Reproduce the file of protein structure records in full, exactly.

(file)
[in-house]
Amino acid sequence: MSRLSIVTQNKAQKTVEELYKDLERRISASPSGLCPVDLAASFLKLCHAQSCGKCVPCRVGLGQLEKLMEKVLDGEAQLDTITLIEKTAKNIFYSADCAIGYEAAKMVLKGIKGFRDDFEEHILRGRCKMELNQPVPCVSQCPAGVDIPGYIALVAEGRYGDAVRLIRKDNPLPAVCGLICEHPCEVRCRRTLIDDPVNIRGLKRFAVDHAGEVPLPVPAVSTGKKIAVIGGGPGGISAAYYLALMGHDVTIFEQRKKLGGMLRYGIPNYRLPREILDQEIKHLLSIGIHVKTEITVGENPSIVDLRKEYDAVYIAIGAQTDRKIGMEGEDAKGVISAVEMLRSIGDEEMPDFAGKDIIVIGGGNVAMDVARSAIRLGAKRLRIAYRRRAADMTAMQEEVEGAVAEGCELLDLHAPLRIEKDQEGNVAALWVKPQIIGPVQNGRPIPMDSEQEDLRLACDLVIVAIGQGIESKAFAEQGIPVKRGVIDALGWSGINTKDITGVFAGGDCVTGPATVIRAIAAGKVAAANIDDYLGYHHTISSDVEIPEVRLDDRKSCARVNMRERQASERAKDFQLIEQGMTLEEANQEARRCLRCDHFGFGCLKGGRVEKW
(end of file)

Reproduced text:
[in-house]
Amino acid sequence: MSRLSIVTQNKAQKTVEELYKDLERRISASPSGLCPVDLAASFLKLCHAQSCGKCVPCRVGLGQLEKLMEKVLDGEAQLDTITLIEKTAKNIFYSADCAIGYEAAKMVLKGIKGFRDDFEEHILRGRCKMELNQPVPCVSQCPAGVDIPGYIALVAEGRYGDAVRLIRKDNPLPAVCGLICEHPCEVRCRRTLIDDPVNIRGLKRFAVDHAGEVPLPVPAVSTGKKIAVIGGGPGGISAAYYLALMGHDVTIFEQRKKLGGMLRYGIPNYRLPREILDQEIKHLLSIGIHVKTEITVGENPSIVDLRKEYDAVYIAIGAQTDRKIGMEGEDAKGVISAVEMLRSIGDEEMPDFAGKDIIVIGGGNVAMDVARSAIRLGAKRLRIAYRRRAADMTAMQEEVEGAVAEGCELLDLHAPLRIEKDQEGNVAALWVKPQIIGPVQNGRPIPMDSEQEDLRLACDLVIVAIGQGIESKAFAEQGIPVKRGVIDALGWSGINTKDITGVFAGGDCVTGPATVIRAIAAGKVAAANIDDYLGYHHTISSDVEIPEVRLDDRKSCARVNMRERQASERAKDFQLIEQGMTLEEANQEARRCLRCDHFGFGCLKGGRVEKW